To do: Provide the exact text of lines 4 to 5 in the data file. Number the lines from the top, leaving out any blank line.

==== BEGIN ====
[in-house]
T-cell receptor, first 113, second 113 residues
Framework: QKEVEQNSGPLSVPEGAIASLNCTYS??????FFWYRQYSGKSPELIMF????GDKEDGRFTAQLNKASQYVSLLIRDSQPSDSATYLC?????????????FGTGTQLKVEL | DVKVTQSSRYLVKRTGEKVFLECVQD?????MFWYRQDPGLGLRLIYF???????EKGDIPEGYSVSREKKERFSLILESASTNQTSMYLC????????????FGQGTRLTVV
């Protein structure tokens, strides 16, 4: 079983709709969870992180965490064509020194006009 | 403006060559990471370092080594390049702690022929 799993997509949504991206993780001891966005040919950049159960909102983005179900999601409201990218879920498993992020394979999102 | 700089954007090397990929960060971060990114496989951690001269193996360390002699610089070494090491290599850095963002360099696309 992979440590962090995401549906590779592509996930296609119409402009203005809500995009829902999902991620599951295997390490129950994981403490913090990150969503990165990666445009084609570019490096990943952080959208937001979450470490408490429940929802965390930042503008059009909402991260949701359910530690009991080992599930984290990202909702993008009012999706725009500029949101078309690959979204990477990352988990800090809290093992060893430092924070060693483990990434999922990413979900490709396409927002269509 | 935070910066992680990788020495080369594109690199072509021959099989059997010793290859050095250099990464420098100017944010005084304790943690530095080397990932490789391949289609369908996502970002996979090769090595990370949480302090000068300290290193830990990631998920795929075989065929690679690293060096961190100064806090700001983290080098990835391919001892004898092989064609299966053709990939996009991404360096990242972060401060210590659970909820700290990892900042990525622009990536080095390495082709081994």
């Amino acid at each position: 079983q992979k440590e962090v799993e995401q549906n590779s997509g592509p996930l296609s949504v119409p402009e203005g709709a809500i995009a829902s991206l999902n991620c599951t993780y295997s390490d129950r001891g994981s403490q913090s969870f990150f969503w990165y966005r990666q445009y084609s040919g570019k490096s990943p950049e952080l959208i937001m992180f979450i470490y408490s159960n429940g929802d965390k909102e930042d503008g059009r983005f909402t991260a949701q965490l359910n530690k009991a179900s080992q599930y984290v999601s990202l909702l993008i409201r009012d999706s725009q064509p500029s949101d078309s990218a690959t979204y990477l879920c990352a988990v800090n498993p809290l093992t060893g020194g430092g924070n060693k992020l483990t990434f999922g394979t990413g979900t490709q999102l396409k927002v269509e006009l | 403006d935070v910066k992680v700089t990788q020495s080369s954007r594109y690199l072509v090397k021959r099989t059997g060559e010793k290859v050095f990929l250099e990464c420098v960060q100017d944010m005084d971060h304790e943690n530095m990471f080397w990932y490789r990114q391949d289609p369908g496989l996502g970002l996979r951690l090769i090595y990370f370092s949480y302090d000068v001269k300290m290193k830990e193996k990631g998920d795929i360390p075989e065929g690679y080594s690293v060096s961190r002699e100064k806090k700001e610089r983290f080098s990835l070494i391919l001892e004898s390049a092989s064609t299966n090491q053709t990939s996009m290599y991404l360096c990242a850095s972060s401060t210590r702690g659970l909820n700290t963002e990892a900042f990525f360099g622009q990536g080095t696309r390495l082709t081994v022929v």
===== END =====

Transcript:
């Protein structure tokens, strides 16, 4: 079983709709969870992180965490064509020194006009 | 403006060559990471370092080594390049702690022929 799993997509949504991206993780001891966005040919950049159960909102983005179900999601409201990218879920498993992020394979999102 | 700089954007090397990929960060971060990114496989951690001269193996360390002699610089070494090491290599850095963002360099696309 992979440590962090995401549906590779592509996930296609119409402009203005809500995009829902999902991620599951295997390490129950994981403490913090990150969503990165990666445009084609570019490096990943952080959208937001979450470490408490429940929802965390930042503008059009909402991260949701359910530690009991080992599930984290990202909702993008009012999706725009500029949101078309690959979204990477990352988990800090809290093992060893430092924070060693483990990434999922990413979900490709396409927002269509 | 935070910066992680990788020495080369594109690199072509021959099989059997010793290859050095250099990464420098100017944010005084304790943690530095080397990932490789391949289609369908996502970002996979090769090595990370949480302090000068300290290193830990990631998920795929075989065929690679690293060096961190100064806090700001983290080098990835391919001892004898092989064609299966053709990939996009991404360096990242972060401060210590659970909820700290990892900042990525622009990536080095390495082709081994």
């Amino acid at each position: 079983q992979k440590e962090v799993e995401q549906n590779s997509g592509p996930l296609s949504v119409p402009e203005g709709a809500i995009a829902s991206l999902n991620c599951t993780y295997s390490d129950r001891g994981s403490q913090s969870f990150f969503w990165y966005r990666q445009y084609s040919g570019k490096s990943p950049e952080l959208i937001m992180f979450i470490y408490s159960n429940g929802d965390k909102e930042d503008g059009r983005f909402t991260a949701q965490l359910n530690k009991a179900s080992q599930y984290v999601s990202l909702l993008i409201r009012d999706s725009q064509p500029s949101d078309s990218a690959t979204y990477l879920c990352a988990v800090n498993p809290l093992t060893g020194g430092g924070n060693k992020l483990t990434f999922g394979t990413g979900t490709q999102l396409k927002v269509e006009l | 403006d935070v910066k992680v700089t990788q020495s080369s954007r594109y690199l072509v090397k021959r099989t059997g060559e010793k290859v050095f990929l250099e990464c420098v960060q100017d944010m005084d971060h304790e943690n530095m990471f080397w990932y490789r990114q391949d289609p369908g496989l996502g970002l996979r951690l090769i090595y990370f370092s949480y302090d000068v001269k300290m290193k830990e193996k990631g998920d795929i360390p075989e065929g690679y080594s690293v060096s961190r002699e100064k806090k700001e610089r983290f080098s990835l070494i391919l001892e004898s390049a092989s064609t299966n090491q053709t990939s996009m290599y991404l360096c990242a850095s972060s401060t210590r702690g659970l909820n700290t963002e990892a900042f990525f360099g622009q990536g080095t696309r390495l082709t081994v022929v």